Hans Rinderknecht, Cello
It’s all about the ineffable appeal of the cello. Hans grew up in Shaker Heights, just outside Cleveland, and his parents regularly took him to hear the Cleveland Orchestra. When it came time to choose an instrument in 5th grade, “something about the cello appealed to me,” Hans says. “I can’t even say what. But it just felt right.”
Hans took lessons and played through high school, joining the Contemporary Youth Orchestra which played 20th century music. That included classical, of course. And rock! With a Led Zeppelin Symphony and playing with Graham Nash. Hans also took up other stringed instruments during that time, including guitar and mandolin, and viola for a bit. Viola didn’t take. “I had trouble with the whole hold your instrument under your chin thing,” he admits.
At Princeton University Hans majored in physics and didn’t play cello at all. He did, however, play a lot of guitar and mandolin, sing in the Princeton Chapel Choir, act in theater productions and take up modern dance. Which proved to be the best thing of all because he fell in love with his dance partner, Mariah Steele, and they married (more about her in a moment). Hans then went to MIT for a PhD in Physics and still didn’t play cello. He dropped singing too because grad school demands a lot of attention. But he did continue to dance with his wife’s company, Quicksilver Dance (yes, there will be more about that in a moment).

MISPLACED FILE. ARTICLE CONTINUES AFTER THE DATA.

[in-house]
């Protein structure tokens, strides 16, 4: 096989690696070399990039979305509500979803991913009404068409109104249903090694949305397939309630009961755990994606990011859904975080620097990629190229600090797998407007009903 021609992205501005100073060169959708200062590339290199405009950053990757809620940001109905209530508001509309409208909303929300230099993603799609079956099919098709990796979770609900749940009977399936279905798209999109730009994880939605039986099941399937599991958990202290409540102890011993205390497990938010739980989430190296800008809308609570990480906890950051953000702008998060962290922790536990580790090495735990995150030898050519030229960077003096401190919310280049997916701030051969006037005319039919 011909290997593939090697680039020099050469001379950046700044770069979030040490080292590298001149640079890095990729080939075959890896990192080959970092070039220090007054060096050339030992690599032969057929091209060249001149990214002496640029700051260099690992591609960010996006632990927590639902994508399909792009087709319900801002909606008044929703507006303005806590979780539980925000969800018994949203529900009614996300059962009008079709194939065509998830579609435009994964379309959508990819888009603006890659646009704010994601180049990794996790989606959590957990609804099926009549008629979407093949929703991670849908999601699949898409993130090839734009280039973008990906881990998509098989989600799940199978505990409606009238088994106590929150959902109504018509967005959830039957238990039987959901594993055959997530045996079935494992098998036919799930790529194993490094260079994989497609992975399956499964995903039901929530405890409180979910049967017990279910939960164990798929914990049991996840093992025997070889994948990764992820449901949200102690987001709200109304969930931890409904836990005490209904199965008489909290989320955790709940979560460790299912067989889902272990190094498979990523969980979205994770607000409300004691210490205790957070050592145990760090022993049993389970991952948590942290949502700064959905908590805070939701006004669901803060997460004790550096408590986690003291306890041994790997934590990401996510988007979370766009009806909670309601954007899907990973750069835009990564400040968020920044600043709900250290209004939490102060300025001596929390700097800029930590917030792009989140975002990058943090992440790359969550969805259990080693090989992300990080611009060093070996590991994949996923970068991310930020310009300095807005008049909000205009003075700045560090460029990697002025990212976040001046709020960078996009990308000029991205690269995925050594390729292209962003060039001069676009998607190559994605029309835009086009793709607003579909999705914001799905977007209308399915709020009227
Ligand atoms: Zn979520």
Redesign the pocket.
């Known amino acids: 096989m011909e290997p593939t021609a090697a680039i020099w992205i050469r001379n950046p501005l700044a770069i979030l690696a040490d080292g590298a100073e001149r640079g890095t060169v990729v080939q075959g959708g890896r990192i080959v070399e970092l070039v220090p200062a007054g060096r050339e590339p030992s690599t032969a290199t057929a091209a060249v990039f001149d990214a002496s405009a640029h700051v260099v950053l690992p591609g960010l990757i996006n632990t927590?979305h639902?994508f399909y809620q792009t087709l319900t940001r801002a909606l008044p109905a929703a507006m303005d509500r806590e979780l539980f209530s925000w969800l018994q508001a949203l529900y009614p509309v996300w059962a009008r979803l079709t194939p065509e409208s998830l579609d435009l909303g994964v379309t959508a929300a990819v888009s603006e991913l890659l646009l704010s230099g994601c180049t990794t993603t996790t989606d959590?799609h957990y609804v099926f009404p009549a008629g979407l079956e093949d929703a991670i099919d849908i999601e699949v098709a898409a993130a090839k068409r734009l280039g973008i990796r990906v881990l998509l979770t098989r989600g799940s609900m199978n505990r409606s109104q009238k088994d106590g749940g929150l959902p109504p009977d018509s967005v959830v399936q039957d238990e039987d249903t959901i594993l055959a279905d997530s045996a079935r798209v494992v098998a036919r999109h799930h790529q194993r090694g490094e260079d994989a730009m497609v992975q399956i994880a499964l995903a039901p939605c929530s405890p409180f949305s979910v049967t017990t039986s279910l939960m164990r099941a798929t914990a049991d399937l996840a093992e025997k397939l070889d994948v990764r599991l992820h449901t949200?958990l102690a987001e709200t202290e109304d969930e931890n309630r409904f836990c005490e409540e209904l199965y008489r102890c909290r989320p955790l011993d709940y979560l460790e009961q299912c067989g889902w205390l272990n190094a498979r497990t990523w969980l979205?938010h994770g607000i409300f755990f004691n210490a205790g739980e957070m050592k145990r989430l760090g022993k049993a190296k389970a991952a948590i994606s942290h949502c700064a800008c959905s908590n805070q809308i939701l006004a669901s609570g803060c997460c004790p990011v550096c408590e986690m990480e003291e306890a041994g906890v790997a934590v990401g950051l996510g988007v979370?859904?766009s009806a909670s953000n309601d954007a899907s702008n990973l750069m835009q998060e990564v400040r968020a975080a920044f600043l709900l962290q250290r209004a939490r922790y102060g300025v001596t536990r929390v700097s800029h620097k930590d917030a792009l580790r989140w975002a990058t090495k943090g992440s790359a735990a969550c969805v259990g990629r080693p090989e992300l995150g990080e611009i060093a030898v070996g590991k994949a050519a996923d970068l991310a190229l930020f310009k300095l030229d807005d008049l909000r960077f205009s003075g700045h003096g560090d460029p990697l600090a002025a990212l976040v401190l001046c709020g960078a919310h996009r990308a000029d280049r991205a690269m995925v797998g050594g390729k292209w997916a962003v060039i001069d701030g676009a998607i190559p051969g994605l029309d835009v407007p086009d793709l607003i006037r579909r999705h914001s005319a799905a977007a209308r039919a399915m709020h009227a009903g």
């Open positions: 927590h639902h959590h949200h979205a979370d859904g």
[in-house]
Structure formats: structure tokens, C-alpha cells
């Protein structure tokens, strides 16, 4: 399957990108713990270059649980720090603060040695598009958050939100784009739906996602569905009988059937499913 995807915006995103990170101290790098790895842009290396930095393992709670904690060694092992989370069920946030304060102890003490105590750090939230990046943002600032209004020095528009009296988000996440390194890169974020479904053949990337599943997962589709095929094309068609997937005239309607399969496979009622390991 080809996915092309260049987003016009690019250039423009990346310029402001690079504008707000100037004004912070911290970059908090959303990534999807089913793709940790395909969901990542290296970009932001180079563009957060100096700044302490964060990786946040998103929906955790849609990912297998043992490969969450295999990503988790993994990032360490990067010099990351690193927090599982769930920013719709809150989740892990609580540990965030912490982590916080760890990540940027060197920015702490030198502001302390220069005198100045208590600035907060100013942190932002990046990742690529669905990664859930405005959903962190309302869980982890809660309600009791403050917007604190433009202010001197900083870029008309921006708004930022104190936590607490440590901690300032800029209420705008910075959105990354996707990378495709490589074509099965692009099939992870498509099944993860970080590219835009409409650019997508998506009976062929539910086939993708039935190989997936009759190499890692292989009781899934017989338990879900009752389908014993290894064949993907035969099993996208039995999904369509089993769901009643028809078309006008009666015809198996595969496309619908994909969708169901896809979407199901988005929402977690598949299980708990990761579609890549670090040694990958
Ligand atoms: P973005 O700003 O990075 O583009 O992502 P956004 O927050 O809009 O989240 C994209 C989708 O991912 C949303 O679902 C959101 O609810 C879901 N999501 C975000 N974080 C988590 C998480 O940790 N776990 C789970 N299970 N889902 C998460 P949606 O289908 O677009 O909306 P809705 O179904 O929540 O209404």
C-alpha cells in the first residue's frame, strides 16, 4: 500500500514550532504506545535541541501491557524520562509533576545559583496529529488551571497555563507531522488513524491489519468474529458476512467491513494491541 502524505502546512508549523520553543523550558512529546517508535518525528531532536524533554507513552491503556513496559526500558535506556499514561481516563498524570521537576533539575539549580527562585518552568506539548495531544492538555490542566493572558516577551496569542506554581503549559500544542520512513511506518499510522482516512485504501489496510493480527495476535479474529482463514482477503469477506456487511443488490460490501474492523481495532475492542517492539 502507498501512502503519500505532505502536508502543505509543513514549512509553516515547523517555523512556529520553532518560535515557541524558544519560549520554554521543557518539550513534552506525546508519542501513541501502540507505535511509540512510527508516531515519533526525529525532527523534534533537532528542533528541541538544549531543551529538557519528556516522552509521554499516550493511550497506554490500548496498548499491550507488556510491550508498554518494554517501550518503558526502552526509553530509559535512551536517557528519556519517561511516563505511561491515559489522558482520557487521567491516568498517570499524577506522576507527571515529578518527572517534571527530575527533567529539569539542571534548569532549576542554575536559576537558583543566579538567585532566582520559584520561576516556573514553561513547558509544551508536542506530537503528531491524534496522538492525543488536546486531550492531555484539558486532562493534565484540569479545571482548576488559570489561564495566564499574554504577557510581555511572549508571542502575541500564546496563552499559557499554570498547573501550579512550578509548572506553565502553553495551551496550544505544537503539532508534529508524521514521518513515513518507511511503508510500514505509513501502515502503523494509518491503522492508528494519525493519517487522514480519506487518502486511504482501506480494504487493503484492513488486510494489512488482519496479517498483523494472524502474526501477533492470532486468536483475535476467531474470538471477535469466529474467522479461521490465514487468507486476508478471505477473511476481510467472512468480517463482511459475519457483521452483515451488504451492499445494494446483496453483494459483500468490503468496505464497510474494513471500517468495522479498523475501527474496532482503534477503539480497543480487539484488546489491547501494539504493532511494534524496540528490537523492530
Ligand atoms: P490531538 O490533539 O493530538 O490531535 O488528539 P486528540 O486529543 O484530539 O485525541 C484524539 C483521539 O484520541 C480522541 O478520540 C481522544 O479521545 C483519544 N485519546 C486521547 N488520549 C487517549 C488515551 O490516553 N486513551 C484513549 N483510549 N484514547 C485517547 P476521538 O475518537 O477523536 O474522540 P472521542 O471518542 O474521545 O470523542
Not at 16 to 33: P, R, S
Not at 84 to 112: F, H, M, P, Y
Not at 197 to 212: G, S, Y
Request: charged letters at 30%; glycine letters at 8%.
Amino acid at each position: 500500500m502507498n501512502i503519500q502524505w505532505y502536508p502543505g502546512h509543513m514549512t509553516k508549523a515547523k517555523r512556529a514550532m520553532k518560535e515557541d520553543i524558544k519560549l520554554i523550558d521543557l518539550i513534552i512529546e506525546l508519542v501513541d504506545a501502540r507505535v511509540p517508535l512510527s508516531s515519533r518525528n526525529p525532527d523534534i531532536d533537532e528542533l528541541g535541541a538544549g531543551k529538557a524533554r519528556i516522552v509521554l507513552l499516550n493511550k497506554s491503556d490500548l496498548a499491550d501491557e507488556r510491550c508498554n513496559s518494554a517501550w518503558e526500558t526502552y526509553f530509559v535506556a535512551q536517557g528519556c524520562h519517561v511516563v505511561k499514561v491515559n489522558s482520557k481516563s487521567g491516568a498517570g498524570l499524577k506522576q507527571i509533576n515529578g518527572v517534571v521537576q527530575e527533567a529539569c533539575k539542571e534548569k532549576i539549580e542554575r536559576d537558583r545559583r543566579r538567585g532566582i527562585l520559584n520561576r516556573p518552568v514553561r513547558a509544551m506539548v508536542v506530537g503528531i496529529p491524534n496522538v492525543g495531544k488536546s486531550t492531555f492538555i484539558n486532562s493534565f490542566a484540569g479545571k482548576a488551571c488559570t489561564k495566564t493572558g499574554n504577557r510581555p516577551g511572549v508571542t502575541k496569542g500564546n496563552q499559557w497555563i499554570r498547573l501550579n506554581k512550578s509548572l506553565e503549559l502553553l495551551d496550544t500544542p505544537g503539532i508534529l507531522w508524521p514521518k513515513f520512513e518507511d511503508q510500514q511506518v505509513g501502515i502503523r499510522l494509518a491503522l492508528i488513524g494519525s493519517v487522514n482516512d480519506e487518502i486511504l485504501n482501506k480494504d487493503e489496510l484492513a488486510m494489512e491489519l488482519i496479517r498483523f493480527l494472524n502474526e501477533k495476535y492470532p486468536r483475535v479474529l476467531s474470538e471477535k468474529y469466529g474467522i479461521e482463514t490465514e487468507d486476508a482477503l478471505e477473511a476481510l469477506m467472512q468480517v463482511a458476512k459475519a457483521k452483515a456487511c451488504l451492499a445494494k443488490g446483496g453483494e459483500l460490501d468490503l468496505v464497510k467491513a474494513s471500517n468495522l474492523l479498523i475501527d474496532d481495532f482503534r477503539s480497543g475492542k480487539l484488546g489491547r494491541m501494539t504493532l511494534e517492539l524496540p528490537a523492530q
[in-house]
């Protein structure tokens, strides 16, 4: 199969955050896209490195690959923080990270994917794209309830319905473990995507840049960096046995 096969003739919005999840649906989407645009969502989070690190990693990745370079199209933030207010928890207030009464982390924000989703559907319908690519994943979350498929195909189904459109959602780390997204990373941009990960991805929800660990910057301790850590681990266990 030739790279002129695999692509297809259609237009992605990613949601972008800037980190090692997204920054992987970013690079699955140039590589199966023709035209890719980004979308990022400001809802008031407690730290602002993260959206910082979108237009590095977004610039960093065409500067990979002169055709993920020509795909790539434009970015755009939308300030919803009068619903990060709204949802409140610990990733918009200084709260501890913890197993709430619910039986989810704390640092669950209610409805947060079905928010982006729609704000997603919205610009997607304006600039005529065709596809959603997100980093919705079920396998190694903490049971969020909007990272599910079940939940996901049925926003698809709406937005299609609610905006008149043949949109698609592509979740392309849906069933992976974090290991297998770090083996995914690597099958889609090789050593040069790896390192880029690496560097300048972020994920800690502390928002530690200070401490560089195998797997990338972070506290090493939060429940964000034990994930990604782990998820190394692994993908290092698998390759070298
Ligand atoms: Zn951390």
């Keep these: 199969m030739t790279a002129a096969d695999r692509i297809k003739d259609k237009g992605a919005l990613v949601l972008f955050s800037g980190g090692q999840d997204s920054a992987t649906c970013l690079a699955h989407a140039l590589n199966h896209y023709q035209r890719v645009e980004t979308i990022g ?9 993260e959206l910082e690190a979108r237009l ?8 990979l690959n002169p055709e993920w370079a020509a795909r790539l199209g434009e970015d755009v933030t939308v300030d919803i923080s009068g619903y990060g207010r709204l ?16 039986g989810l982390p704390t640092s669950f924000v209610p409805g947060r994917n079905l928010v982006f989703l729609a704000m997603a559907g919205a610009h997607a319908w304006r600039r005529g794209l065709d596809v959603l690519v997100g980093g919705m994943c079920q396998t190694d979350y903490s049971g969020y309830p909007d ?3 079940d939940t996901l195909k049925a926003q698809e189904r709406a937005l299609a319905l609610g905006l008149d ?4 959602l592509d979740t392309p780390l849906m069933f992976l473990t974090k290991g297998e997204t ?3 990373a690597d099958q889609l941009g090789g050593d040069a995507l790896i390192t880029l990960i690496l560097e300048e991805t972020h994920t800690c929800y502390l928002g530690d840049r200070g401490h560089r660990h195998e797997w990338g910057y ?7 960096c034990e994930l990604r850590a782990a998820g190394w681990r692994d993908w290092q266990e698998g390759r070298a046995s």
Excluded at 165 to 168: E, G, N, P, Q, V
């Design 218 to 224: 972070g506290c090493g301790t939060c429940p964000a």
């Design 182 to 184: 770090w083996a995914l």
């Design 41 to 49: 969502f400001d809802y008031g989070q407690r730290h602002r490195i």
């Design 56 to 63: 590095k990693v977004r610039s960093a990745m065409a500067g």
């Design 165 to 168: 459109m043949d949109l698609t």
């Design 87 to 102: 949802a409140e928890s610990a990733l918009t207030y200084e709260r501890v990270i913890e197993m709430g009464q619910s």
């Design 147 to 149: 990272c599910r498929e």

Hans came to the Bay Area to do a post doc at Lawrence Livermore National Laboratory in 2015. “At that point, I wanted to get back to playing cello with a group. For me, playing with a group is the way to play music.” He went looking for a community orchestra, came to a Prometheus concert and we had him hooked. “After a 10-year hiatus, some things about playing are like riding a bike. Other things just take work.” We think the work has been a success! His cat Juniper is less impressed. “She’s skeptical of my cello playing. She prefers to dance.”
And now, yes, more about Quicksilver Dance, which “celebrates life and the human experience in all its humor and grit, dust and glory.” Here’s plug for their next production, “Children of Hobbes,” November 17-19 at the Shawl-Anderson Dance Center in Berkeley. Check it out at quicksilverdance.com.